It’s not like Jason Hammel has been born again in his last two starts.
But the veteran starting has come back home, metaphorically at least.
Home is where his slider crosses the plate at the knees or a little lower. Home is where his sinking two-seam fastball clips the corners instead of crossing the fat part of the plate.
And Hammel is now pitching like he did when the A’s traded with the Cubs five weeks ago. When Hammel and Jeff Samardzija came over in the deal that sent Addison Russell and Billy McKinney to Chicago, Hammel had a 2.98 ERA and an 8-5 record for a bad team.
Coming to the team with the best record in baseball, Hammel stumbled badly out of the gate, going 0-4 with a 9.53 ERA in his first four starts. But he threw shutout ball for 5.2 innings against the Rays. To hear manager Bob Melvin describe it, the right-hander was “even better today’’ in allowing one run in 6.2 innings.
“When I first got here, everything I threw was up,’’ Hammel said. “Even my slider was up in the strike zone. Now everything’s down where I want it to be. I’m best when I can pitch down there and get ground balls.’’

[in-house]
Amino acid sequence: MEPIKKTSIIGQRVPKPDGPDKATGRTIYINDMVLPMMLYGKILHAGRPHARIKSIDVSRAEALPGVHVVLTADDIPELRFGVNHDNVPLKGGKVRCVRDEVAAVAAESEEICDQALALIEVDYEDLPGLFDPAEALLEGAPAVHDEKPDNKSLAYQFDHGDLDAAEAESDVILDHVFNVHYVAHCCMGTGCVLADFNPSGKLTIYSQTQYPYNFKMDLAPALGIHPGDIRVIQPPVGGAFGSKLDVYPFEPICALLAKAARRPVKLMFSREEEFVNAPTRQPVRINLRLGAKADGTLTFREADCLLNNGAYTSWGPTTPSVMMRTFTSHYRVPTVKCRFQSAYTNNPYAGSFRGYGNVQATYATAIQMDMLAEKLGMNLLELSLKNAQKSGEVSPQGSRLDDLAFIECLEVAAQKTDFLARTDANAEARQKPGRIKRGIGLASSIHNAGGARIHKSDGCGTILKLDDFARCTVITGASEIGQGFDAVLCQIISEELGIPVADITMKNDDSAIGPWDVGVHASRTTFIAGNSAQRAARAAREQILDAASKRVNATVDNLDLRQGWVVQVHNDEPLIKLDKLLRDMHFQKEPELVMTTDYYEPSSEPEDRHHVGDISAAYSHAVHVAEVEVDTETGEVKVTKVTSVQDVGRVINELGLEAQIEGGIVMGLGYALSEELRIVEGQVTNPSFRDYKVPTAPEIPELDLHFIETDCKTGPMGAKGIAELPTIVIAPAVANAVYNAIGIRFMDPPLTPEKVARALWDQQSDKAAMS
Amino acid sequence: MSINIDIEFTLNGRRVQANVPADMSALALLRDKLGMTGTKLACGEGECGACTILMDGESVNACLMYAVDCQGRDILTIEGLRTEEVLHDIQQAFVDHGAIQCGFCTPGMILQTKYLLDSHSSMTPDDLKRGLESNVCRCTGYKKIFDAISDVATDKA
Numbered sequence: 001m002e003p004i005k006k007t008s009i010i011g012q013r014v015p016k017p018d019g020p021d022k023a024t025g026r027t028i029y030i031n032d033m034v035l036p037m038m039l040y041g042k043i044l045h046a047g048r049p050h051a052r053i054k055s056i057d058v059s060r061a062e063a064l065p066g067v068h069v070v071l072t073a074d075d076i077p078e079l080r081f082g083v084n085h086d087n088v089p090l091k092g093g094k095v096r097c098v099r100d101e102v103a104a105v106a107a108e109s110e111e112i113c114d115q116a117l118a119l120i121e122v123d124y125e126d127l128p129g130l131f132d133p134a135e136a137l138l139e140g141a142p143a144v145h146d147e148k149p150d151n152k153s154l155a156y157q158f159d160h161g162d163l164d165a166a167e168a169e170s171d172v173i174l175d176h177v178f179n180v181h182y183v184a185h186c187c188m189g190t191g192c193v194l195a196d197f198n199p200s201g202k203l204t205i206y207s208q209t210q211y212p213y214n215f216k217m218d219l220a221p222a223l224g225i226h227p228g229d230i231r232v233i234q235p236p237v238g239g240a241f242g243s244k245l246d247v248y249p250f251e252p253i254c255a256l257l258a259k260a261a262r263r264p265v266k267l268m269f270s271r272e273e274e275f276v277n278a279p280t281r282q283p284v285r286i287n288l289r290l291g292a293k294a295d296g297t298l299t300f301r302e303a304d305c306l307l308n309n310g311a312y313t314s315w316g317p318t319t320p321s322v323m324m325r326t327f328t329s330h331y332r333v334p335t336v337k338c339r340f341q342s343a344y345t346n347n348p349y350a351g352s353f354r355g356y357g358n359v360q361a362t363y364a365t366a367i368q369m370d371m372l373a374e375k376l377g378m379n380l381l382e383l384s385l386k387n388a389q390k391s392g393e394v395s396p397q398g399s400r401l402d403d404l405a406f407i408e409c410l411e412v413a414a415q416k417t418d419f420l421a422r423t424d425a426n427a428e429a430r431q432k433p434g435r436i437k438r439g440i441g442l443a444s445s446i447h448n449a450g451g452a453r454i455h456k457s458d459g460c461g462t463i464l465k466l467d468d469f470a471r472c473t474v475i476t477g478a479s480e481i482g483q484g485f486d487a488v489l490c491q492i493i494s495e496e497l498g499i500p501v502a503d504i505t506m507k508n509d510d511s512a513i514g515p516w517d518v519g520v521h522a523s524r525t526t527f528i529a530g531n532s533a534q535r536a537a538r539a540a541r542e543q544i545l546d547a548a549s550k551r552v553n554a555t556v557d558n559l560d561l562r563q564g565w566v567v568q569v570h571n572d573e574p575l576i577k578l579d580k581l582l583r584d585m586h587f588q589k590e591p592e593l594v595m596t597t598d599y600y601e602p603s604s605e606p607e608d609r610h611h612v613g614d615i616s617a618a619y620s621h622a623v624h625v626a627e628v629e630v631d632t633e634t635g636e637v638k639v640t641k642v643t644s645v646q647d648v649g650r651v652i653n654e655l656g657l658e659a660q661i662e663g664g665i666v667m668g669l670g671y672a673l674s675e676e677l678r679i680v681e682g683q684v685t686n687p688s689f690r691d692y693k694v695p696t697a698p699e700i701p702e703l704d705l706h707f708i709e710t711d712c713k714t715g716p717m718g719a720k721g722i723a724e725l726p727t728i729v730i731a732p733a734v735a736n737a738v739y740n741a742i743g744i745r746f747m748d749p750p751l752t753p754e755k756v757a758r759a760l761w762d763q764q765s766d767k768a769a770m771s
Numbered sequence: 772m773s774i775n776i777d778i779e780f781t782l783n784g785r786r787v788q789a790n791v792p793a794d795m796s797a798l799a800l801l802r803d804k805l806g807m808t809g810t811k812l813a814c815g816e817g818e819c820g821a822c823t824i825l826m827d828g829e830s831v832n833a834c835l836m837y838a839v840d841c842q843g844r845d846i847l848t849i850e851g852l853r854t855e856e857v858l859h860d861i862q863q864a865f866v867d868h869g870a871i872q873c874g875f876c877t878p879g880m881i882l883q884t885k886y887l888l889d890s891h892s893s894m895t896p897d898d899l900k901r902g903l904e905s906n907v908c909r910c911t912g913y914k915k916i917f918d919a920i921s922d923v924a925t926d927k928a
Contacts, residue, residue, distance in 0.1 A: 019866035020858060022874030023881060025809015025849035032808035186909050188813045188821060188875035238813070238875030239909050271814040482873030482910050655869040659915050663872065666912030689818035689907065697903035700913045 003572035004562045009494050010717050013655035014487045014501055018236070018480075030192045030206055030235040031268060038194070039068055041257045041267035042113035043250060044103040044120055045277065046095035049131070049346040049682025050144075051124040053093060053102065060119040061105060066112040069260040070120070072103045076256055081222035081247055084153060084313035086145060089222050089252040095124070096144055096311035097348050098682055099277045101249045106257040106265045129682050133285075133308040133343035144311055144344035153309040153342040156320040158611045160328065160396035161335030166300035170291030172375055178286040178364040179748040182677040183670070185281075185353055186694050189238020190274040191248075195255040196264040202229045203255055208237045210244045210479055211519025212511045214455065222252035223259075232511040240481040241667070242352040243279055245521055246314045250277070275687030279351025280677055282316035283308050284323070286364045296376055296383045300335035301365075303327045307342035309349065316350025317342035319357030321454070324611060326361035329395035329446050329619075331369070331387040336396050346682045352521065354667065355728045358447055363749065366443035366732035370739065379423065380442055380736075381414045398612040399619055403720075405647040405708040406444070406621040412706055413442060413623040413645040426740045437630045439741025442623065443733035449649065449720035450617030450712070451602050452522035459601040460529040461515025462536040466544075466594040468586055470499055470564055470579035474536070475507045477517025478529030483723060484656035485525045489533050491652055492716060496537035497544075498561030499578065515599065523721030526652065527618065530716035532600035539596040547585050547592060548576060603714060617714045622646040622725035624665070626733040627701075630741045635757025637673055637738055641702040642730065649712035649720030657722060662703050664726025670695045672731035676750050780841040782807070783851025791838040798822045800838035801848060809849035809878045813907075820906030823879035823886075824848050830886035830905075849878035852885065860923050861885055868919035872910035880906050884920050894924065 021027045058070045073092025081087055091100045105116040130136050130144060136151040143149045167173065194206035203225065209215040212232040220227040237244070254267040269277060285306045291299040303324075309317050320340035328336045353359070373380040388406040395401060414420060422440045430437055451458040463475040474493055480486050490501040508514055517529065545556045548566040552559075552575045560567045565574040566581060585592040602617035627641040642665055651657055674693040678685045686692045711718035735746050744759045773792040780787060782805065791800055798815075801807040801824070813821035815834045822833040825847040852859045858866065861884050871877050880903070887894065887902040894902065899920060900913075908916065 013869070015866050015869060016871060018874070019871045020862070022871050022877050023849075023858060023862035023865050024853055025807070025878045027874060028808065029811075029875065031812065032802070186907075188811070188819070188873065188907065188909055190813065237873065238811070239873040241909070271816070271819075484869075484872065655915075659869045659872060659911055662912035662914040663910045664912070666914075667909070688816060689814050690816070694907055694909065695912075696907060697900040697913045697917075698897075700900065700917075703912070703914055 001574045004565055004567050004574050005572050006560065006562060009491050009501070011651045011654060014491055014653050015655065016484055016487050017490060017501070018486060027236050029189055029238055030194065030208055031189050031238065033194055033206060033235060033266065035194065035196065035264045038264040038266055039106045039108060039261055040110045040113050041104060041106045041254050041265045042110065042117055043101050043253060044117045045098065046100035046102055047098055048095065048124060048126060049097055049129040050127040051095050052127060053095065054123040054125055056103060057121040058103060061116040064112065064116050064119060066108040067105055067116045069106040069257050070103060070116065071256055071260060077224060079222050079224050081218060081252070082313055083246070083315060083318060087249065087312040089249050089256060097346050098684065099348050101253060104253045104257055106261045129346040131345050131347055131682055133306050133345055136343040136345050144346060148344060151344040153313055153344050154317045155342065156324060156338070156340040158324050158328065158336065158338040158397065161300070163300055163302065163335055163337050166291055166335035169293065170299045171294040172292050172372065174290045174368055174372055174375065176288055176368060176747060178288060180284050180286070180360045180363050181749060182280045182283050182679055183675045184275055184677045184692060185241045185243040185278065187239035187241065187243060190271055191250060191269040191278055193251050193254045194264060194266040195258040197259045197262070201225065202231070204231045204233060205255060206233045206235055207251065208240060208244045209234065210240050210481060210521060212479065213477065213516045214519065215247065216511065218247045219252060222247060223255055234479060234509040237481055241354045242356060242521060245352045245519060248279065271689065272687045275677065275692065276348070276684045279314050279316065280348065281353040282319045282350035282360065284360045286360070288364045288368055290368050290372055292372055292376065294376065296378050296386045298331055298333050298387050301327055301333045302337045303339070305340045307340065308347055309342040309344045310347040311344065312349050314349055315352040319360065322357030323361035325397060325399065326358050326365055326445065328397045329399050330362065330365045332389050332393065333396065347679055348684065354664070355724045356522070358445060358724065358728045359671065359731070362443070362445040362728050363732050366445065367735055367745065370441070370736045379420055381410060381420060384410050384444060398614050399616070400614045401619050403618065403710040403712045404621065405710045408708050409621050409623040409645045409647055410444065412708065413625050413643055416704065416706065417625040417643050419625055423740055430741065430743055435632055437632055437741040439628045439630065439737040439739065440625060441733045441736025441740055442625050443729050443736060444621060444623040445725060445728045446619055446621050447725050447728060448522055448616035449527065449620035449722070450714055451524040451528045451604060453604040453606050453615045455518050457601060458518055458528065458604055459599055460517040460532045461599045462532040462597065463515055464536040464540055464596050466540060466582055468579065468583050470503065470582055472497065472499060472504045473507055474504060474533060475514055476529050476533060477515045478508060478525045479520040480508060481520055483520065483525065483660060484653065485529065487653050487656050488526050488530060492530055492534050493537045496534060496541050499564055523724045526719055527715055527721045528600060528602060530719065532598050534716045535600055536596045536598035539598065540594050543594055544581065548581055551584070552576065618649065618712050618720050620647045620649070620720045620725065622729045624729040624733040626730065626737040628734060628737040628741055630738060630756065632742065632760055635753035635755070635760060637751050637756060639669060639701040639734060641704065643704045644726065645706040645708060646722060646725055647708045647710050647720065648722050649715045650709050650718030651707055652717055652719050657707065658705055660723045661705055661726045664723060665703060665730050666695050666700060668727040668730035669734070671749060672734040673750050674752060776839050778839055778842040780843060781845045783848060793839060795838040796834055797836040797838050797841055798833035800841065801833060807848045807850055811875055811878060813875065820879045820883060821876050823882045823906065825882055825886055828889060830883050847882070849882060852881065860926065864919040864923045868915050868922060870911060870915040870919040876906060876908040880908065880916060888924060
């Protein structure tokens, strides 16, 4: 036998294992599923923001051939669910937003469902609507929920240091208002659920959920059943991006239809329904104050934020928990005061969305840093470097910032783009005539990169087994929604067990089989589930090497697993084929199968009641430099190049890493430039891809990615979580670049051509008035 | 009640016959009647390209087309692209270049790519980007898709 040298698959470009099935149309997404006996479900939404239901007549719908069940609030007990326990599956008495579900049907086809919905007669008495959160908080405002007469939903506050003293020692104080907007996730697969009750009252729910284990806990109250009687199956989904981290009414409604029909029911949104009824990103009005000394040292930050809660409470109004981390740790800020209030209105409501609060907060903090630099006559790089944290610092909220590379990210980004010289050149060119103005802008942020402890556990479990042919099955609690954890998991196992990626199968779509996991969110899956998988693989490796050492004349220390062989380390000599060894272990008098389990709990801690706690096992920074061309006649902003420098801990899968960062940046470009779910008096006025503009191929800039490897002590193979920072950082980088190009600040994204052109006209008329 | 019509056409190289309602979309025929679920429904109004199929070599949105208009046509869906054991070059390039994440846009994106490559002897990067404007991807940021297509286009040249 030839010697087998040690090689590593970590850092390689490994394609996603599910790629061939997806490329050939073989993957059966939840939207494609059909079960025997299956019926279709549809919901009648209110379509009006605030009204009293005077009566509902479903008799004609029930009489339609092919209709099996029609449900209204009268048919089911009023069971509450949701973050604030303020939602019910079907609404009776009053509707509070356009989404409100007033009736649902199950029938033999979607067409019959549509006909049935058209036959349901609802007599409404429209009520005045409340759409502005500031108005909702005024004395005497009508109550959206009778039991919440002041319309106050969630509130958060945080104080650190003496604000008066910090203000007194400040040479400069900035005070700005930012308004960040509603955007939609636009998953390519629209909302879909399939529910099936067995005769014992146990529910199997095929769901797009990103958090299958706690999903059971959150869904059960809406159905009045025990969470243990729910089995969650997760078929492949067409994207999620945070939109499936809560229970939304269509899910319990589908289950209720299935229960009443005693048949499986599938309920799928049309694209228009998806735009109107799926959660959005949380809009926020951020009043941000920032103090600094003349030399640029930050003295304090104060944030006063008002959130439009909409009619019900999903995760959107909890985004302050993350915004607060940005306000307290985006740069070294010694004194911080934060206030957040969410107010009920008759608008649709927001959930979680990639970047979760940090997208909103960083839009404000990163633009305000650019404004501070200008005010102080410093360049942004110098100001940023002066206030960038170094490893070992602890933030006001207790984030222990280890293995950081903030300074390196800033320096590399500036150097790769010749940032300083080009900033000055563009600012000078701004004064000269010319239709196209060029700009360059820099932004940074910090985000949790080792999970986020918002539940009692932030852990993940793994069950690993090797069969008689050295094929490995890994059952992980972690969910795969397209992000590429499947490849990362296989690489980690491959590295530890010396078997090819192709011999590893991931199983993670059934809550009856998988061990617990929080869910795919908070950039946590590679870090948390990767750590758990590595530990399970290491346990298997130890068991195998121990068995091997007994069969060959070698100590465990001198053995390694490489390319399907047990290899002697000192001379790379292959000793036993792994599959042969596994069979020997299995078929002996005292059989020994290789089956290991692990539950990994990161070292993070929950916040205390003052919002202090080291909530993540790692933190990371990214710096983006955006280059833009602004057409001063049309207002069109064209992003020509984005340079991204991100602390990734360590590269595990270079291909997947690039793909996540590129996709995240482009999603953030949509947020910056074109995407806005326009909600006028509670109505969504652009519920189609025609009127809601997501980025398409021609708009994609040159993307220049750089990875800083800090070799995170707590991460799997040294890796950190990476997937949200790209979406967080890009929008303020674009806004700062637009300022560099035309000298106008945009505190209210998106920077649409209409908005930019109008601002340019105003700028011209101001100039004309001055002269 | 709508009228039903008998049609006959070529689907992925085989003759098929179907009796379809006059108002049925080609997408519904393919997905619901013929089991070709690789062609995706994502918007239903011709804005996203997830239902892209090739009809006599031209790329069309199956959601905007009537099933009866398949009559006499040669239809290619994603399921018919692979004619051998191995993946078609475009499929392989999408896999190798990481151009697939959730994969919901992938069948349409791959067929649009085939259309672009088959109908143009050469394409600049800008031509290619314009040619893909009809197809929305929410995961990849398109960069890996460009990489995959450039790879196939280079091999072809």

Hammel had eight ground ball outs and five strikeouts among the 20 outs he recorded. In his previous start against the Rays, he had nine grounders and two strikeouts among the 17. By way of comparison, in the last of his four losses, against the Rangers in Arlington, Texas, he had just five grounders and three strikeouts in the 17 outs he got.
Did he put too much pressure on himself to be The Man after the trade?
He says he doesn’t believe that he did, but he’s pitching with a level of confidence that was not there early on.
“I had a lot of confidence today pitching to (catcher John) Jaso,’’ Hammel said.
Jaso asked Hammel before the game if he had more confidence in the curve or the slider. Hammel opted for the slider, and Jaso went to it time and again.
“He had good confidence in the slider,’’ Jaso said. “It’s a good pitch for him to get back to where he needs to be mechanically.’’
Jaso said in his first four starts had problems with his delivery, as he described it “starting to fly open.’’ It developed into a bad habit.
But it’s a habit he believes he’s beaten.
“It’s a matter of trusting your stuff and competing,’’ he said.